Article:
How Silver Kills Bacteria
The germ killing ability of silver at low concentrations is a documented fact.
Study Title:A review of the use of silver in wound care: facts and fallacies.
This review traces the use of silver in wound care, discussing its merits as an antibacterial agent and constituent of many new dressings, which are increasingly tailored to the treatment of wounds ranging from acute surgical lesions to chronic and diabetic leg ulcers. Misconceptions regarding the biological properties of silver, its possible physiological value in the human body and wound bed, absorption through the skin, and safety factors are addressed. The article aims to present silver and the new range of sustained silver-release dressings as important features in the management of skin wounds, providing effective control of wound infections while ensuring patient comfort and quality of life.
Selected quotes from study:
Discussion on the presumed mechanism(s) of silver and related compounds should acknowledge that:
From the earliest reliable studies, the microbicidal action of silver products has been directly related to the amount and rate of silver released and its ability to inactivate target bacterial and fungal cells.39 The oligodynamic microbicidal action of silver compounds at low concentrations probably does not reflect any remarkable effect of a comparatively small number of ions on the cell, but rather the ability of bacteria, trypanosomes and yeasts to take up and concentrate silver from very dilute solutions.4,5,40
Therefore, bacteria killed by silver may contain 105–107 Ag+ per cell, the same order of magnitude as the estimated number of enzyme-protein molecules per cell.41 In culture media, uptake and toxicity of silver ions in Pseudomonas stutzeri is influenced by sodium chloride, which results in precipitation of relatively insoluble silver chloride.42 Kuschner found variations in the sensitivity of mutant strains of Salmonella typhimurium to the biocidal action of metals such as copper, cobalt, nickel and chromium, whereas both parent and mutant strains of the bacterium remained equally sensitive to silver (and mercury).43
Chemically, metallic silver is relatively inert but its interaction with moisture on the skin surface and with wound fluids leads to the release of silver ion and its biocidal properties. Silver ion is a highly reactive moiety and avidly binds to tissue proteins, causing structural changes in bacterial cell walls and intracellular and nuclear membranes.44 These lead to cellular distortion and loss of viability.45,46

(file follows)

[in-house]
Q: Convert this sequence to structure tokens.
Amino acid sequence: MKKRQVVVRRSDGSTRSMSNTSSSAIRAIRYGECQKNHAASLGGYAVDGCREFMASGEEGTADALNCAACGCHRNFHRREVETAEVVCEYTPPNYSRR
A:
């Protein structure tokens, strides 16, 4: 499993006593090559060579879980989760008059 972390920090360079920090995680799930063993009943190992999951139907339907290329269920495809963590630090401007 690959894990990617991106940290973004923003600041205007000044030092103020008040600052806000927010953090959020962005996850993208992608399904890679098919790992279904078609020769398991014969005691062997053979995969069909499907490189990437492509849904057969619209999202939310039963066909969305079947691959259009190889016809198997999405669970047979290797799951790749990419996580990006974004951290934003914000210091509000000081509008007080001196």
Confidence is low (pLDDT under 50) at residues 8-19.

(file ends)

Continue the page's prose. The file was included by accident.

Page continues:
Silver binds to and denatures bacterial DNA and RNA, thereby inhibiting replication.47,48 A recent study demonstrated the inhibitory action of silver on two strains of Gram-negative Escherichia coli and Gram-positive Staphylococcus aureus. It found that silver-nitrate exposure lead to the formation of electron-light regions in their cytoplasm and condensation of DNA molecules.49
Granules of silver were observed in the cytoplasm, but RNA and DNA damage and protein inactivation seemed to be the principal mechanisms for bacteriostasis. Intracellular protective mechanisms against silver differed in the Gram-positive and Gram-negative bacteria. The action of silver on bacterial infections in water supplies has also increased our understanding of its microbicidal action. Cell penetration of silver is considered the principal objective in the development of copper/silver ionisation techniques.50
Positively charged copper ions form electrostatic bonds at negatively charged sites on bacterial cell walls, and the resulting damage permits the uptake and release of silver ions. Silver-related degenerative changes in bacterial RNA and DNA, mitochondrial respiration and cytosolic protein lead to cell death. Silver filters and metal used in the control of Legionella suggest that silver and copper ion concentrations are 40:400g/l respectively.51
The action of silver ion on cell walls is illustrated by reference to the yeast Candida albicans. Silver has been shown to inhibit the enzyme phosphomannose isomerase (PIM) by binding cysteine residues.52 This enzyme plays an essential role in the synthesis of the yeast cell wall, and defects lead to the release of phosphate, glutamine and other vital nutrients.53 Silver ion did not inhibit PIM in Escherichia coli cultures.53
Recent literature suggests that the microbicidal action of silver products is partly related to the inhibitory action of silver ion on cellular respiration and cellular function, although the contribution made by ‘other’ silver radicals generated is also acknowledged.54 The exact nature of these silver radicals is not clear but Ovington44 noted that nanocrystalline silver products (Acticoat, Smith and Nephew) can release a cluster of highly reactive silver cations and radicals, which provide a high antibacterial potency on account of unpaired electrons in outer orbitals. Silver and silver radicals released from Acticoat also cause impaired electron transport, bacterial DNA inactivation, cell membrane damage, and binding and precipitation of insoluble complexes with cytosolic anions, proteins and sulphydryl moieties.5,50,55
Lansdown AB. A review of the use of silver in wound care: facts and fallacies. Br J Nurs. 2004 March 13(6 Suppl):S6-19.
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